|M.Sc Student||Zuckerman Guy|
|Subject||Enhancing 3D Perception and Mental Rotation Task|
Execution of Elemantry School Children via Action
Video Games Playing
|Department||Department of Education in Science and Technology||Supervisor||Professor Miriam Reiner|
|Full Thesis text|
Recent studies show that there is a strong correlation between playing action video games and enhanced cognitive skills such as mental rotation (MR), perception of useful\uniform field of view, object tracking, visual acuity, decision-making, perceived contrast sensitivity and cognitive flexibility.
Some of these cognitive skills are related to mental imagery, which is an important cognitive skill required in many learning topics disciplines, which demand 3D perception and MR such as geometry, stereometry, chemistry, physics and engineering.
Although notorious and debatable with regard to their social influence on aggressive behavior, the genre of action video games, known as First-Person Shooter type has the highest impact on these 3D perceptual skills. It provides the opportunity for players to look at the world and the playing scene as if they were in it, from their own and self-perspective, i.e. highly immersed and ‘present’ in the game world.
The research literature mainly deals with adults, and the youngest subjects studied were teenagers. The majority of studies have been performed on university students whereas the correlation between action video games and enhanced cognitive skills in elementary school children, the stage of shaping the basics of math, geometry and science, has not been studied yet.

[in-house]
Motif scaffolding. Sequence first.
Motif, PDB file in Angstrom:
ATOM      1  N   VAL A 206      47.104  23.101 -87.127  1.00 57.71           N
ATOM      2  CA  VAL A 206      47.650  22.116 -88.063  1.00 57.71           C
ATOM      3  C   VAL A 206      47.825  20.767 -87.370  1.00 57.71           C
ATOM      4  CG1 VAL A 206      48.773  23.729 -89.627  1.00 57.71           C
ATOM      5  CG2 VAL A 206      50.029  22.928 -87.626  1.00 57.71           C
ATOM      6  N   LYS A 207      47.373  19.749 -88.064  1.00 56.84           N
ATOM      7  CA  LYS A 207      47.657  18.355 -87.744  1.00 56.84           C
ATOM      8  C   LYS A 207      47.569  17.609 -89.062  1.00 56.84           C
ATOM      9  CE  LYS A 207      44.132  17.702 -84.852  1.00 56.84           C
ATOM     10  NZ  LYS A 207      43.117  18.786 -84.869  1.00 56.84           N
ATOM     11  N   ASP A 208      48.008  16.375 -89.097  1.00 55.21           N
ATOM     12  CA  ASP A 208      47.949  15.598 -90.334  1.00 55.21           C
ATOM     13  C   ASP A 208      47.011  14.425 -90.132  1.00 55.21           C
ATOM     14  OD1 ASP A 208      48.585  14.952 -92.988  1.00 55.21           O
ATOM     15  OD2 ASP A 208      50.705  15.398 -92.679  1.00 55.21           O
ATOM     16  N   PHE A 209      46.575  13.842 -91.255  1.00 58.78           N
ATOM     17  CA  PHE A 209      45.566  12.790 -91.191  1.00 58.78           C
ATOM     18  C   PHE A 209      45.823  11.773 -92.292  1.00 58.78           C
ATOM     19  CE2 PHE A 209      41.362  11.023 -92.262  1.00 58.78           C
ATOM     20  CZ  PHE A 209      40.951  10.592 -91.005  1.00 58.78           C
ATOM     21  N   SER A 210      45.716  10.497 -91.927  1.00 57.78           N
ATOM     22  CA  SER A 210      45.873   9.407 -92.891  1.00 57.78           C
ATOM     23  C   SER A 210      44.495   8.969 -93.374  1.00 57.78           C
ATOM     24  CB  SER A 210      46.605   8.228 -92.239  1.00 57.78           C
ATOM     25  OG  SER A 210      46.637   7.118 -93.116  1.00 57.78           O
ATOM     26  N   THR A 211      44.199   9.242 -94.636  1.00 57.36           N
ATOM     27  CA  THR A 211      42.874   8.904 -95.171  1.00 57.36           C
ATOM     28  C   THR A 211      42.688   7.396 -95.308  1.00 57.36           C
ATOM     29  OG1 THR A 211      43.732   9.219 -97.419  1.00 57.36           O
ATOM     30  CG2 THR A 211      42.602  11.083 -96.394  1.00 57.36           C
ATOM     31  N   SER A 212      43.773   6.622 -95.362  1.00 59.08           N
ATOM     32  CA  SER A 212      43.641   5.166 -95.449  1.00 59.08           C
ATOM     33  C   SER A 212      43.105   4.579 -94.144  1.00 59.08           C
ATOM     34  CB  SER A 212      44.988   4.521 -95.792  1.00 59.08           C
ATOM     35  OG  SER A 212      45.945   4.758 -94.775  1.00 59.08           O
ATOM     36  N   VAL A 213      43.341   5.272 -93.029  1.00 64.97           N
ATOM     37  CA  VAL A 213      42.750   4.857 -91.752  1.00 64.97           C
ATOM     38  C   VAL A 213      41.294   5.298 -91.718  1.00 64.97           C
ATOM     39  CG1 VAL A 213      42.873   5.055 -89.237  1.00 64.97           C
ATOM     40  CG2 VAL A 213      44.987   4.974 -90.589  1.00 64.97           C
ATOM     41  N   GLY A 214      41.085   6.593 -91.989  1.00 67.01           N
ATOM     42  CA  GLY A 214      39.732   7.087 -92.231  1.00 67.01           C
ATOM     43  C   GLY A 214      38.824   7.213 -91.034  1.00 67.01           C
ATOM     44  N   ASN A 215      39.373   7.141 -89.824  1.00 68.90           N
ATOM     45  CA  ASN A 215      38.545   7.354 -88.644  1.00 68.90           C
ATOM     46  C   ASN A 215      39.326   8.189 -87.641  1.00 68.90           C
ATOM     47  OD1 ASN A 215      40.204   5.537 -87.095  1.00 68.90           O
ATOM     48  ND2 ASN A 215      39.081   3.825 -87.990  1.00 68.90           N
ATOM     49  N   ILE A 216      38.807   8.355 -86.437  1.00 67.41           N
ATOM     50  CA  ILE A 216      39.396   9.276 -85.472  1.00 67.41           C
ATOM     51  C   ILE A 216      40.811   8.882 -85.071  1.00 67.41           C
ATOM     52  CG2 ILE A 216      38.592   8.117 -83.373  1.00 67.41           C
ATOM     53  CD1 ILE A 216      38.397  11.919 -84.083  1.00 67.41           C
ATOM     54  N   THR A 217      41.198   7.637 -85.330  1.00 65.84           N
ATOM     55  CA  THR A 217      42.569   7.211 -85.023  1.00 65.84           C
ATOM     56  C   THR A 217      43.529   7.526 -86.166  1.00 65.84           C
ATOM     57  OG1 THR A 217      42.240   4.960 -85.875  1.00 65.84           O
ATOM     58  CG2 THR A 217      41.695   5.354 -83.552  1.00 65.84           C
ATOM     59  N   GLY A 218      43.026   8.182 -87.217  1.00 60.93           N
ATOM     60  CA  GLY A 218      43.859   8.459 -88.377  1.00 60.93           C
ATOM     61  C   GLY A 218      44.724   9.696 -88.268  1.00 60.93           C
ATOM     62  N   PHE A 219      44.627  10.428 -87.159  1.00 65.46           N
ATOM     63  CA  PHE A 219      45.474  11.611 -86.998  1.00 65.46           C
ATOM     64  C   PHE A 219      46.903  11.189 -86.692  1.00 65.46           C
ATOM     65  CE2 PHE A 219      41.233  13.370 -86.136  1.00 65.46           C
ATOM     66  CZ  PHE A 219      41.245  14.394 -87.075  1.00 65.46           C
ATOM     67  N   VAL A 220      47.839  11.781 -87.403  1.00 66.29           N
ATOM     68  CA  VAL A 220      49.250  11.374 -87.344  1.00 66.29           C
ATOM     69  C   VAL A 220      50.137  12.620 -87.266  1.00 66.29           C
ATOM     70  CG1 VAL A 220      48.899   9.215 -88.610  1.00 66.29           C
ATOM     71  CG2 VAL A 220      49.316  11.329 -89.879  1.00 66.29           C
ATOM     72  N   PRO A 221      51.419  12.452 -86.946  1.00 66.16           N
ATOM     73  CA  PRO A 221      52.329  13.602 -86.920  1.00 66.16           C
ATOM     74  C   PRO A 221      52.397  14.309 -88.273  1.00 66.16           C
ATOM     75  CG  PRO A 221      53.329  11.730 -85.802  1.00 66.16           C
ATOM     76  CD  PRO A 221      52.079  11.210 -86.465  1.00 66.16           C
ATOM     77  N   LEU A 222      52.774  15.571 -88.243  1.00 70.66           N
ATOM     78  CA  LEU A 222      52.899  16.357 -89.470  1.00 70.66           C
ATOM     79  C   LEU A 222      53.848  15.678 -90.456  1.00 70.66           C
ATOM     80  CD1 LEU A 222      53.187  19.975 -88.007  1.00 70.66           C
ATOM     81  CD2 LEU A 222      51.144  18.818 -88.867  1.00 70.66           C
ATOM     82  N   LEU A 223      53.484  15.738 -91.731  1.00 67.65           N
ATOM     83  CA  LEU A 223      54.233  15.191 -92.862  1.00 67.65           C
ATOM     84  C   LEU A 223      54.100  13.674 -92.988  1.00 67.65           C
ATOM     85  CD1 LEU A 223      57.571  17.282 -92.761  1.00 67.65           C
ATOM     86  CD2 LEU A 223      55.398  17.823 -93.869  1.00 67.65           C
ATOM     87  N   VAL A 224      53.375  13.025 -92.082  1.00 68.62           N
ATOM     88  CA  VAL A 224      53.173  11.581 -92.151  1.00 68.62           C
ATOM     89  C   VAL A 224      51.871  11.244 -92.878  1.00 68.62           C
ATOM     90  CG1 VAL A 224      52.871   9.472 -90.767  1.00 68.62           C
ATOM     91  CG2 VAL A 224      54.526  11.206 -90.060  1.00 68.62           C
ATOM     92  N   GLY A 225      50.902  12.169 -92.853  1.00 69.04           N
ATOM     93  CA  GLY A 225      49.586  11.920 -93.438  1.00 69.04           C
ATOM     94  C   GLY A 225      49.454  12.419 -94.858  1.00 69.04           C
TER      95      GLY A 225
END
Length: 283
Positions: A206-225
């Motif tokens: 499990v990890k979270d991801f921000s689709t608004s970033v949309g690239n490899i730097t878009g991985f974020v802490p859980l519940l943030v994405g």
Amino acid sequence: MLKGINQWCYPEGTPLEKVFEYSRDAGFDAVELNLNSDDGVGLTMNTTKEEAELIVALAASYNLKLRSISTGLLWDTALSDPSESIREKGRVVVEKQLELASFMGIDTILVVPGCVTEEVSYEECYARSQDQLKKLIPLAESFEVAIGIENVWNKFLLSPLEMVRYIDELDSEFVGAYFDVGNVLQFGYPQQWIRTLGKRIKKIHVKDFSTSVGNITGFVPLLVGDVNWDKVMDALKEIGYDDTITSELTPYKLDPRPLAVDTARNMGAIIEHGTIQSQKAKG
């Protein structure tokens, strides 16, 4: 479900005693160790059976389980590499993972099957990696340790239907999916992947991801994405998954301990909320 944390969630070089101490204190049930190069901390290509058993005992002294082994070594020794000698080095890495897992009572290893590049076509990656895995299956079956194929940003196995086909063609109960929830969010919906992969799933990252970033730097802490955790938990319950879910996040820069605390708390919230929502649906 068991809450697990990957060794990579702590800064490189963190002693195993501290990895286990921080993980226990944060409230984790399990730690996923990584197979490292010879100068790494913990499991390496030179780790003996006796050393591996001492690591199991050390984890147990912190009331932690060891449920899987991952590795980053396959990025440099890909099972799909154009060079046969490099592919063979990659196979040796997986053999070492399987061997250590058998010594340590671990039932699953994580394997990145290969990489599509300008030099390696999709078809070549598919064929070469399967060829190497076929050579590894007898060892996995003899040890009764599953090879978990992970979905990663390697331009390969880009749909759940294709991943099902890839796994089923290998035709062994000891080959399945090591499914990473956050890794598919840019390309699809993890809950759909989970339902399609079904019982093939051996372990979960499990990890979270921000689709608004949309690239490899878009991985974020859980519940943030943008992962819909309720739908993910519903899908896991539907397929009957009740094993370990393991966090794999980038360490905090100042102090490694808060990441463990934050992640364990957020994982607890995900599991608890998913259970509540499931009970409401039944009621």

The current study aims to identify the correlation between playing action video games and improvement in mental imagery skills of 5th and 6th grade elementary school children and to find out if playing action video games before performing MR task shall have any influence on the quality of their performance.
The results show that there is a general improvement in the MR task performance but the significant and most profound results showed a gender difference with regard to the correlation between the action video games training and the improvement in the MR task performance.
The girls’ group who has went through training showed a significant improvement in their performance of the MR task compared to the girls control group, whereas for the boys, there was not any significant difference between the players group and the control group.
The results also show that the correlation between the response time and the angular disparities of the MR task’s images is not linear for all the angles and that there is a difference between the response time for the angular disparities of mirror images and identical images, which suggests two different mechanisms underlying decision making underlying decision making regarding mental symmetry and mental rotation. We further suggest that these two, which are normally treated as one mental mechanism, are actually two different mechanisms.